If there's one place where a watch remains essential — and not just an ornament to your good taste and/or extreme wealth — it's the driver's seat.
Because nowhere in the manual does it say “keep your hands at 10 and 2 — except when you need to read an email, take a call or scroll through your Instagram feed.”
And of all the watches that a motorist can wear, this just might be the most situationally appropriate.
Autodromo, the ever-handsome watch and accessories maker inspired by the golden age of motoring, just released a new model to celebrate their fifth birthday: the Monoposto Chronograph Automatic.
When they launched in 2012, the New York-based company released the original Monoposto Automatic (literally translating as “single seat”) as a show of homage to the simpler era of Grand Prix racing, when the only intel a driver had was a few oversized dials and his own knowledge of the car he was seated in and the two-lane blacktop laid out in front of him. The make sold out lightning fast, prompting the idea for its re-release in automatic form — a first for Autodromo.
“I wanted to do something special for all of the Autodromo collectors and fans who missed out on the original watch,” says brand founder Bradley Price. “I couldn’t just reissue the watch the way it was. I had to do something even more special and break new ground for Autodromo with the introduction of a mechanical chronograph. I also refined every aspect of the watch while trying to preserve what people loved about the original design.”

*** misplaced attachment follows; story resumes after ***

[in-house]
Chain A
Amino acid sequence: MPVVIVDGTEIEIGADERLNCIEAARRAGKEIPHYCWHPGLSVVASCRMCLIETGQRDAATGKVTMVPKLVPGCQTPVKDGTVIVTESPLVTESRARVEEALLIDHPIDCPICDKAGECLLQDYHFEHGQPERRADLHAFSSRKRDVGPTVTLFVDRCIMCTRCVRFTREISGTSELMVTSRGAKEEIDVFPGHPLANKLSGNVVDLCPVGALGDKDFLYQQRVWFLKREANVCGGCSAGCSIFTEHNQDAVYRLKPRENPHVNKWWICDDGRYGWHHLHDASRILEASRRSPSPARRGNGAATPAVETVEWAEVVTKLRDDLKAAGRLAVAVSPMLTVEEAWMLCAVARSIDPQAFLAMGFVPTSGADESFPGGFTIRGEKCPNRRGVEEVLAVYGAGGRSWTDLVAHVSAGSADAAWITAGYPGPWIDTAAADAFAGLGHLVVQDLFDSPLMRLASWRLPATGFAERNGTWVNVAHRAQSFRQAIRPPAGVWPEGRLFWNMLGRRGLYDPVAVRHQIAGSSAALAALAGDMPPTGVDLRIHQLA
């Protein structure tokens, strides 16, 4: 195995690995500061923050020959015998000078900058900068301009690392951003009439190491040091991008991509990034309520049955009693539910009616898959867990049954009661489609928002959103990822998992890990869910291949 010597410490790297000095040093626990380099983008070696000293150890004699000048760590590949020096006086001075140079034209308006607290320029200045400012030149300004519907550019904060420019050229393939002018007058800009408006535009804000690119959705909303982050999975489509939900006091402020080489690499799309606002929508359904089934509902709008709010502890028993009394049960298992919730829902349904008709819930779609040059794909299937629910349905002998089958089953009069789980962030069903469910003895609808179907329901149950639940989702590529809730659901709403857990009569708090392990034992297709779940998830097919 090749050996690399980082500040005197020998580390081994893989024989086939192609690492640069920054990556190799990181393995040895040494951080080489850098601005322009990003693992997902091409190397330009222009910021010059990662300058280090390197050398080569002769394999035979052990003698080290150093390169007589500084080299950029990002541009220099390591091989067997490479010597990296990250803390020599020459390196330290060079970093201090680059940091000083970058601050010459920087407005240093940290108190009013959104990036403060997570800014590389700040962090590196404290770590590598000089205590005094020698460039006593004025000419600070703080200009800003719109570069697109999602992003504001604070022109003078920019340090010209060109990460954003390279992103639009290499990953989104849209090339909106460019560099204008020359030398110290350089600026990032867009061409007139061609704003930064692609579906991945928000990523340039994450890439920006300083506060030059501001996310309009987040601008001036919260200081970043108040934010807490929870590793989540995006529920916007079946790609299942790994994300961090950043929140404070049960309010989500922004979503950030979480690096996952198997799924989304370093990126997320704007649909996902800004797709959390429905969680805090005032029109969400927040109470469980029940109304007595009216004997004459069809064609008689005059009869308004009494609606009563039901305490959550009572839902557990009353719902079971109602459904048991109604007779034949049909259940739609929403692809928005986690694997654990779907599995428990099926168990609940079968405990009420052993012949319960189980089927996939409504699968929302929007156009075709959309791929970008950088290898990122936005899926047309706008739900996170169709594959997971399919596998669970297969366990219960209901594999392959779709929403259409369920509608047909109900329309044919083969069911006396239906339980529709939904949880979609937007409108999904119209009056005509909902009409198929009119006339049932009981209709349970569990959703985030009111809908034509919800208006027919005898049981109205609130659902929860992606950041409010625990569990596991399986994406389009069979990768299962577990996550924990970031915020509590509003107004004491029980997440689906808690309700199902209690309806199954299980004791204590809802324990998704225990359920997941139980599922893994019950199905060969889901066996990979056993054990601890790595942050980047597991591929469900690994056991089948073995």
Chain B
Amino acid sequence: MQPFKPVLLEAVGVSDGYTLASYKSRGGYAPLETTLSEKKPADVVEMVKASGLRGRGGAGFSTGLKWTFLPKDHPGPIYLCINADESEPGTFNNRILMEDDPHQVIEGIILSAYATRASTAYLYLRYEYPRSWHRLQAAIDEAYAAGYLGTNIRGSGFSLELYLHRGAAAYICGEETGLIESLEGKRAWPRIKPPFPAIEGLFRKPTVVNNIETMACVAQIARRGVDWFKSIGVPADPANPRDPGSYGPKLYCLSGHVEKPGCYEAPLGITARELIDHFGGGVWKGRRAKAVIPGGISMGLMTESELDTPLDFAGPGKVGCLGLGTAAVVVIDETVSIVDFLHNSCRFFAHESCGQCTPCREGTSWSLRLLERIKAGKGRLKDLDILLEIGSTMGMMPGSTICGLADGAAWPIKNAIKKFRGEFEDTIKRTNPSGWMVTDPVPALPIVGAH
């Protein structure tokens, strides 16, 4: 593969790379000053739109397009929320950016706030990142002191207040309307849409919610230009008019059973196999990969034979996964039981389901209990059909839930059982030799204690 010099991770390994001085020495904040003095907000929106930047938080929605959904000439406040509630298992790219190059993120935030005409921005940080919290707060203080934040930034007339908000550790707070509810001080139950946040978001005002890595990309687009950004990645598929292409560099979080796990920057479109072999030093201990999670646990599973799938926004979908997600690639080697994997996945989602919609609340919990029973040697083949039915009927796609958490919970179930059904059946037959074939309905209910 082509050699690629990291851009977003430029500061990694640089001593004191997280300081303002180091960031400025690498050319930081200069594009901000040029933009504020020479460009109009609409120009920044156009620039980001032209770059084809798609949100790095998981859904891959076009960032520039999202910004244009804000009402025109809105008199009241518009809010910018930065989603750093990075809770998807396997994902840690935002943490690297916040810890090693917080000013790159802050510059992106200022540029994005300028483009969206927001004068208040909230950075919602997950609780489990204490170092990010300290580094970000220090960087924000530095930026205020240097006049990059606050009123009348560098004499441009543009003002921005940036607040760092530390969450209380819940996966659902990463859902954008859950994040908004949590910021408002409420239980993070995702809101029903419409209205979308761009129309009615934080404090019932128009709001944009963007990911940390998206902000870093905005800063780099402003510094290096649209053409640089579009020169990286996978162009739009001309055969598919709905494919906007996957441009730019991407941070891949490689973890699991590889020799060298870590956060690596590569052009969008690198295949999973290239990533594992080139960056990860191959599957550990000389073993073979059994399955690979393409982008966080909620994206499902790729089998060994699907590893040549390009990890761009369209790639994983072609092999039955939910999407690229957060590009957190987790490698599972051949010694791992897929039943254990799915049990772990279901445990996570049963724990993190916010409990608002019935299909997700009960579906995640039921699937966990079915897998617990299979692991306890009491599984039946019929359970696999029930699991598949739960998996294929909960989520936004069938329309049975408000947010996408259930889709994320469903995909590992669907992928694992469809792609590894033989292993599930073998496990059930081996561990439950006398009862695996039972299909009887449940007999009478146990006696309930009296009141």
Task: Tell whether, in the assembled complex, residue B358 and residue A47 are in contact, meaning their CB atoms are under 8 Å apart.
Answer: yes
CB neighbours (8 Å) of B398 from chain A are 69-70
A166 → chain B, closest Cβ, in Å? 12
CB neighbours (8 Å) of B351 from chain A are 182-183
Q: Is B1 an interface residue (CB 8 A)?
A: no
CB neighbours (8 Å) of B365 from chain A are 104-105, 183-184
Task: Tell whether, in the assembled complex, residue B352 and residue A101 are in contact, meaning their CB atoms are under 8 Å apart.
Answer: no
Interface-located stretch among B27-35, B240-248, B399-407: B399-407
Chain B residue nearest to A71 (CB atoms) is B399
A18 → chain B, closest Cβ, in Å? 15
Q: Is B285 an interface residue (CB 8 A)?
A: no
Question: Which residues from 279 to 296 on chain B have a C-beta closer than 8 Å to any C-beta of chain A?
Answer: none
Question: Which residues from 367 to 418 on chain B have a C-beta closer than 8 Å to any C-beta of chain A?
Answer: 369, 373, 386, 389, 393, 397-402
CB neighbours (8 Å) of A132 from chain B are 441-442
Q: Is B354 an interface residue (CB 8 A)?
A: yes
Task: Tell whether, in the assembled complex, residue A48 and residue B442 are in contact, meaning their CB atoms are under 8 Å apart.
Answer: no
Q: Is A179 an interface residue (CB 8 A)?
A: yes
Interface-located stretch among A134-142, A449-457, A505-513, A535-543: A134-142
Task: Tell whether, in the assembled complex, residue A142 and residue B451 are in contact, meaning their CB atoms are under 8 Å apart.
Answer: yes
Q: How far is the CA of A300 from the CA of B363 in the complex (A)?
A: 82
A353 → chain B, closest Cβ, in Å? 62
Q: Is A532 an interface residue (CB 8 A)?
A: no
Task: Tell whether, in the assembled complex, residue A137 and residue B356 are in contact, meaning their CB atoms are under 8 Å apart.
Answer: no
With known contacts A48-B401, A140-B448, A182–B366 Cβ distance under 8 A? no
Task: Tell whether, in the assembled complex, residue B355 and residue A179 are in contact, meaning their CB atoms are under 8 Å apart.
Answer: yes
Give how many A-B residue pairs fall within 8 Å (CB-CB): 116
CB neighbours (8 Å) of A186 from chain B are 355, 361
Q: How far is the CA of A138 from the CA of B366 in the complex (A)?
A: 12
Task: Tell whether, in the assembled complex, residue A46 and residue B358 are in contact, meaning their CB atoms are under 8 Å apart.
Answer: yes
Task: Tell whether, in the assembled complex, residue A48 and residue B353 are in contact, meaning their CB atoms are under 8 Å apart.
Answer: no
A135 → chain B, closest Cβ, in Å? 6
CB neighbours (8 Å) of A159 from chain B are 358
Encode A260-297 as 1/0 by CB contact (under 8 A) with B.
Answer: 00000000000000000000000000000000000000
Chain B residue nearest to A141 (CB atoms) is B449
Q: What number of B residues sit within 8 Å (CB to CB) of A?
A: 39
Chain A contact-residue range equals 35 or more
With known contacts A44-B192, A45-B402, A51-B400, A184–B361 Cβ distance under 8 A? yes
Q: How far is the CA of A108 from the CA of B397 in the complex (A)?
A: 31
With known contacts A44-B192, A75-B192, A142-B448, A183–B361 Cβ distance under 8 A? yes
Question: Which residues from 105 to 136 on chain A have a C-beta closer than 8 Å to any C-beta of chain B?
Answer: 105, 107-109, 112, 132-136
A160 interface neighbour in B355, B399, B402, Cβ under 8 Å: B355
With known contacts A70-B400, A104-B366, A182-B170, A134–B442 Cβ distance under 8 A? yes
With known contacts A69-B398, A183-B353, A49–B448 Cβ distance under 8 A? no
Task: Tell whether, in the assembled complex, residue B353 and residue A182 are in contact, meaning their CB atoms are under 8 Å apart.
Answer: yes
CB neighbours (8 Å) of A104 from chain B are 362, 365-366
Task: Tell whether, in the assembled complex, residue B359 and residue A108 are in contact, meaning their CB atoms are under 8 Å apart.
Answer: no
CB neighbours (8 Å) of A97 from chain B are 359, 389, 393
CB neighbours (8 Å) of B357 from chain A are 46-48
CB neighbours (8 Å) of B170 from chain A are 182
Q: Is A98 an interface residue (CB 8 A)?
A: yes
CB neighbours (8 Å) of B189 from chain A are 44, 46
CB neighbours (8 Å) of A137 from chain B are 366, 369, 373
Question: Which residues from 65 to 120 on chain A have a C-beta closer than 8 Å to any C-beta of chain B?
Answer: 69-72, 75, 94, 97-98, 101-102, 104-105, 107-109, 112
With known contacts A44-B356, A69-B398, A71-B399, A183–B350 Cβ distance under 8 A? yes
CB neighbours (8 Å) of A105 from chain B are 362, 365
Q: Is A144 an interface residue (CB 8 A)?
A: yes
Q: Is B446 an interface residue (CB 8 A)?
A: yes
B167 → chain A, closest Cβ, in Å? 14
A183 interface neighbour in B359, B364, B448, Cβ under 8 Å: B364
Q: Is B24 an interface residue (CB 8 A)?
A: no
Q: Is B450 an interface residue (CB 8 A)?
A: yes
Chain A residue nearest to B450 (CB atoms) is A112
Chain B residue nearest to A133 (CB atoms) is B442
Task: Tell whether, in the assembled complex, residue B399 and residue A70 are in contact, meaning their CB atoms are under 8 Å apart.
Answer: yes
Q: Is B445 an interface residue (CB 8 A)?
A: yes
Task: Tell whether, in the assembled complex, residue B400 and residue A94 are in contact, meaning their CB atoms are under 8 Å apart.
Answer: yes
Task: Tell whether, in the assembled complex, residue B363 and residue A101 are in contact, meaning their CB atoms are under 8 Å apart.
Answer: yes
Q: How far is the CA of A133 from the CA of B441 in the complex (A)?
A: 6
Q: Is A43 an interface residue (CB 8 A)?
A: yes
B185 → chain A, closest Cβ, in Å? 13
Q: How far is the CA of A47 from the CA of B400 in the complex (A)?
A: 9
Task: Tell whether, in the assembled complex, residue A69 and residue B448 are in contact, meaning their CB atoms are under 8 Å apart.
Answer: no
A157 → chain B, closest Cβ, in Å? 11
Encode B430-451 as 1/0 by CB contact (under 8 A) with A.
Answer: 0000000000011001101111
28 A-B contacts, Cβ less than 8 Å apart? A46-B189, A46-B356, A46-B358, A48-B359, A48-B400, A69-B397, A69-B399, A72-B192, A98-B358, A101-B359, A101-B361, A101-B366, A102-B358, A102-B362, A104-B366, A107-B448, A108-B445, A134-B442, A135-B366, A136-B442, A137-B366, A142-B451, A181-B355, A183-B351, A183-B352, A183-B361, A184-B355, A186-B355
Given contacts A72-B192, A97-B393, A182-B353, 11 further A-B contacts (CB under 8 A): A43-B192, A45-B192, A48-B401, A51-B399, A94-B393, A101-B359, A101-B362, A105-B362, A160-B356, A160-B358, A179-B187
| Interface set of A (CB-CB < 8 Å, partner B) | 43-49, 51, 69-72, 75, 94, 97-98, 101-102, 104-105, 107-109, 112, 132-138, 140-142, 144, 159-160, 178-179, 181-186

It’s slightly thicker than the original to accommodate the Seiko NE88 column wheel chronograph movement beating within, but still pays tribute to the track days of yesteryear in its details. Take the red line just above the 10-hour mark: back before cars had engine cutoffs, that marking appeared on the odometer to remind the driver where the end of the range was.
The Monoposto comes in three colorways — silver and black with a limited run of 200 each and a blue-on-yellow Azzuro with a limited run of 100 pieces. The design is clean and straightforward, much like pre-war racing itself.
Each ticker will set you back $1,800, and they're likely to sell out (again) in record-shattering time.